Or sometimes it’s danced.

Choreographed movement and dance are a significant element of the production, Pitstick said. 

Victoria Walters and Thomas serve as the show’s choreographers, though Thomas pointed to Walters as the primary person responsible.

The choreography helps “bring out the emotions” of the poems, Walters said last week.

“It’s added a unique element,” Pitstick affirmed.

Live music also plays a part, with performances by cellist Naomi Guth and local band Jam Salad, featuring Yellow Springs Theater Company member Thor Sage.

“The poetry led to dance, and that led to music,” Pitstick said. 

While Guth has selected some Bach works as accompaniment, Jam Salad “came up with this funky, jazzy” flavor, Pitstick said.

Visual art is part of the mix as well, with Whitney Sykes creating original painted panels for the production.

Four 2-by-8-foot panels will serve as the performance backdrop while six 4-by-8-foot panels will be placed along the outer sides of the audience. And Carlos Landaburu will be providing photography.

“They’re going to be immersed in art,” Thomas said.

Pitstick said he loves the results.

“It’s an amalgamation of different art forms — a theater equivalent of a collage,” he said. 

“It’s easy to say it’s my show, but it’s not, he added. “Every person who’s come on has changed it.”

Walters agreed. “It has taken on a life of its own,” she said.

For co-producer Eckenrode Saari, the results reflect “the spirit in which the [theater] company itself was formed.”

“I’m excited for the company to be producing an original work that utilizes myriad forms of artistic expression and artists into a single piece,” she wrote in an email.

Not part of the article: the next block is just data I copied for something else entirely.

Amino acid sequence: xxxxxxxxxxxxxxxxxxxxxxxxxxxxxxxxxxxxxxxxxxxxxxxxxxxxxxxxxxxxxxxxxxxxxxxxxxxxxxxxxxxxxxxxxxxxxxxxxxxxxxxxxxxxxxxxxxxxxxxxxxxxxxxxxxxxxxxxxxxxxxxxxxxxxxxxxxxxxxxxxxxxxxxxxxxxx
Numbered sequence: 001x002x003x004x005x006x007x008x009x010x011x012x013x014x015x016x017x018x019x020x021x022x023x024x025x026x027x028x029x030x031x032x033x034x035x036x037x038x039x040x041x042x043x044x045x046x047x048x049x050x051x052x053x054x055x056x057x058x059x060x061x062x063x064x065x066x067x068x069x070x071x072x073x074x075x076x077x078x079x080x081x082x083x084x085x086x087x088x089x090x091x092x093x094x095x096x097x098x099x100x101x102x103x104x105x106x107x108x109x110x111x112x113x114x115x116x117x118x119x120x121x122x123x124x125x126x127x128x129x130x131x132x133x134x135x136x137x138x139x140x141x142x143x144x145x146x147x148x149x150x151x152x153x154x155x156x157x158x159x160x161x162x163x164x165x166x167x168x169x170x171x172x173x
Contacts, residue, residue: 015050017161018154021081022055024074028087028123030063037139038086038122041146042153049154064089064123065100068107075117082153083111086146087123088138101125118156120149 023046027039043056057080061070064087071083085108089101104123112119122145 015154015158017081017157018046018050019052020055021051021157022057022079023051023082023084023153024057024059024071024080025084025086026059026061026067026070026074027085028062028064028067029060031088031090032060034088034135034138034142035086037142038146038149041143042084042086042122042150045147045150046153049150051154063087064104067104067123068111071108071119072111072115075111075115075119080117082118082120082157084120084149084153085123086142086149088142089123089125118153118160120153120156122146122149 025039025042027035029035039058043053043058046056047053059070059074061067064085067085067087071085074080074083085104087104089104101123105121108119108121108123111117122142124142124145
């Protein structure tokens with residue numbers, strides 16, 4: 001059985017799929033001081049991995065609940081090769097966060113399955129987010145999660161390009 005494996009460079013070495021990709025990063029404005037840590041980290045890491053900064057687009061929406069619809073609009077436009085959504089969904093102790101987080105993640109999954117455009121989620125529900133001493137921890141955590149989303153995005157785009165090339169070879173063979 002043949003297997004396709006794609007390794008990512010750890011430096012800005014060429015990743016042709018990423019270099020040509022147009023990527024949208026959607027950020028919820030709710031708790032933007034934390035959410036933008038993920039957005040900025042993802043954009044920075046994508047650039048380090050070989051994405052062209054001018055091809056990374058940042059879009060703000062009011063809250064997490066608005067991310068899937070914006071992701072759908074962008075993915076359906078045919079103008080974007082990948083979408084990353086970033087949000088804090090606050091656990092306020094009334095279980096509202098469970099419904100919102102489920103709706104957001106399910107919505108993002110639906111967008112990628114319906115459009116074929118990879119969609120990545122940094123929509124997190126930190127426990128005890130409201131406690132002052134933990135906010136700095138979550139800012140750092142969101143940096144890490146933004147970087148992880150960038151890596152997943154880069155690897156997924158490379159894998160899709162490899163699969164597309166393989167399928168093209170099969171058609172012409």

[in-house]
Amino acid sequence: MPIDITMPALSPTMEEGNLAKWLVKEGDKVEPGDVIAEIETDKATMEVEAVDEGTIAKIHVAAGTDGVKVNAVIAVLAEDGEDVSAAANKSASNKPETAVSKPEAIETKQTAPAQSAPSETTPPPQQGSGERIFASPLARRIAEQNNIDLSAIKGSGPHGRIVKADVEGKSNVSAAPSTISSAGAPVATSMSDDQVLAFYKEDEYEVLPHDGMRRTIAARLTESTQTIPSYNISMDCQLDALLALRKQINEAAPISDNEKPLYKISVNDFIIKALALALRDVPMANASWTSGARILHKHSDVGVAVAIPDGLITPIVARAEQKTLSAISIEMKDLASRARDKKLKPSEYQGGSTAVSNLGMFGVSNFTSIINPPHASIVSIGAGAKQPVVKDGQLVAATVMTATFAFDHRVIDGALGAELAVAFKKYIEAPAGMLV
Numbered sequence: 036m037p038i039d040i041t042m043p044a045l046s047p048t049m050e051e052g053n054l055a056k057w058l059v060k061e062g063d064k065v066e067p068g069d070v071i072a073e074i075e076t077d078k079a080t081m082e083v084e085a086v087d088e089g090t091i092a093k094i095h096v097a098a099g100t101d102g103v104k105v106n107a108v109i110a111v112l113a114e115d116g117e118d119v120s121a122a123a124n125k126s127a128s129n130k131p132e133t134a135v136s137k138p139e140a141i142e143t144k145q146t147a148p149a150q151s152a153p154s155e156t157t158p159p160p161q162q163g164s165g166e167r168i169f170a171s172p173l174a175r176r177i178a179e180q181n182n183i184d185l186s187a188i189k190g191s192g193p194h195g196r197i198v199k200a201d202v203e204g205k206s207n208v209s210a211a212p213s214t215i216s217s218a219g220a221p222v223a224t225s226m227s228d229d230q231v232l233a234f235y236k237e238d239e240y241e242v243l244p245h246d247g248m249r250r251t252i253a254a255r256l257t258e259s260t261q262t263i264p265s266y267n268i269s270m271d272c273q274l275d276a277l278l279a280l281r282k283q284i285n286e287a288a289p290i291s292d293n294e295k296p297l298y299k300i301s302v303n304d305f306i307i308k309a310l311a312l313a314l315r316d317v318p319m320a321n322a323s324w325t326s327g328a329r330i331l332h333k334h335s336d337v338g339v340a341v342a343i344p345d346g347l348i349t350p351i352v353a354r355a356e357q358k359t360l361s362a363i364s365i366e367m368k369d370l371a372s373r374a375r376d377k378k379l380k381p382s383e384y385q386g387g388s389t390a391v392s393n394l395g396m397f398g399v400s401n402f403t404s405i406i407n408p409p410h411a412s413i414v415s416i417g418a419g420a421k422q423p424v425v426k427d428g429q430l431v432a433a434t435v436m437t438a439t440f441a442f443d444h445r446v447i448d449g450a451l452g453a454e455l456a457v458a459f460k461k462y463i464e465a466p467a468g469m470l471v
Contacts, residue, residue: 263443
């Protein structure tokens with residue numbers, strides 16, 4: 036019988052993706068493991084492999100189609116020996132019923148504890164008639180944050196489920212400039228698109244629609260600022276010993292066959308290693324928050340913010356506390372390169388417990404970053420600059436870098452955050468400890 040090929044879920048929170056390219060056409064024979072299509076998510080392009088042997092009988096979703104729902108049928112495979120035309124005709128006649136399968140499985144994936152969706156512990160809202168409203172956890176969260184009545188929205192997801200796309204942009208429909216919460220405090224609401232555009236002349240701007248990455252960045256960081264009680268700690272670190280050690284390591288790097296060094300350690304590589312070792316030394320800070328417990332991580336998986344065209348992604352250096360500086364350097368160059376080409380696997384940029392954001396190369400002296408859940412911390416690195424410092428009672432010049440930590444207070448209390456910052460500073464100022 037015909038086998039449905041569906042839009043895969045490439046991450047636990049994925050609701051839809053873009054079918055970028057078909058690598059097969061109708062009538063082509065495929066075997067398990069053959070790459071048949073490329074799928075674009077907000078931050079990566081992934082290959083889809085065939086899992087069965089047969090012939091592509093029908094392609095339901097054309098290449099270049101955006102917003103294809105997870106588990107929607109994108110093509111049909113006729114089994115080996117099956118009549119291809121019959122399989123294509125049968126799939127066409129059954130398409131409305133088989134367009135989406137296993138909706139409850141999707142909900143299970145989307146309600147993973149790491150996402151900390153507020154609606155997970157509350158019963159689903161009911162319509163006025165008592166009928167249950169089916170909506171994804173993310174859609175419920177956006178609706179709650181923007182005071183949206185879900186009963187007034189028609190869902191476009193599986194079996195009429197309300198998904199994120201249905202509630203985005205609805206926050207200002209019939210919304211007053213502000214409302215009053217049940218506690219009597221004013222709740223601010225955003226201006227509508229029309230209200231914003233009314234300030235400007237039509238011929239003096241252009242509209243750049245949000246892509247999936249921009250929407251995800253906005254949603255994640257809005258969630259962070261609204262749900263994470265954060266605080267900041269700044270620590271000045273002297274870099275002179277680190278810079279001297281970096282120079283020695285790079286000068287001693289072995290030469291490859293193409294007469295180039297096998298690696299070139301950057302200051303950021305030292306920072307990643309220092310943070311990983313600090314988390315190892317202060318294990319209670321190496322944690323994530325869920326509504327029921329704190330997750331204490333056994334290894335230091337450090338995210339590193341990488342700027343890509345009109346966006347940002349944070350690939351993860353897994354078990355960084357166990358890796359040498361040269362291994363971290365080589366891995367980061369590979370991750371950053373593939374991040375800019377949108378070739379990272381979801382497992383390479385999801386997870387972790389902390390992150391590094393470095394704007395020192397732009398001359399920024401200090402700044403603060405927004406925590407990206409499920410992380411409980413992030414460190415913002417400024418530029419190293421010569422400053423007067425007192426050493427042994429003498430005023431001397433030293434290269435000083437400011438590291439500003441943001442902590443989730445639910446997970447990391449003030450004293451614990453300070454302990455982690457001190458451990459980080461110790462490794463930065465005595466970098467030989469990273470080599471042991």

And Pitstick said he deeply values the collaborative aspect of the production.

“It’s the coolest thing ever,” he said. “I’m immensely blessed to have everyone on board.”

Thomas is full of praise for the young man she says she first met when he was a middle-schooler performing in the school district’s production of “Fiddler on the Roof” and she was helping with costumes.

“I think Colton is a genius,” Thomas said.

She appreciates the emotional honesty and vulnerability he reveals in his poems, the subject matter of which can sometimes be difficult. 

“He grapples with his hopes, fears, drug use, inadequacy about forging relationships and just the sheer difficulty of getting through the day.”

While the text expresses personal experiences and feelings, Pitstick hopes audience members can relate.

“Everybody has to get up in the morning,” he said. “Everybody has to go to work. Everybody has to have a break up at some point.”

Tickets for the production are available at the door. Cost is $10 for the Thursday through Saturday performances. Canned goods to be donated to the Beloved Community Project’s food insecurity program will be accepted as admission for the Wednesday night performance.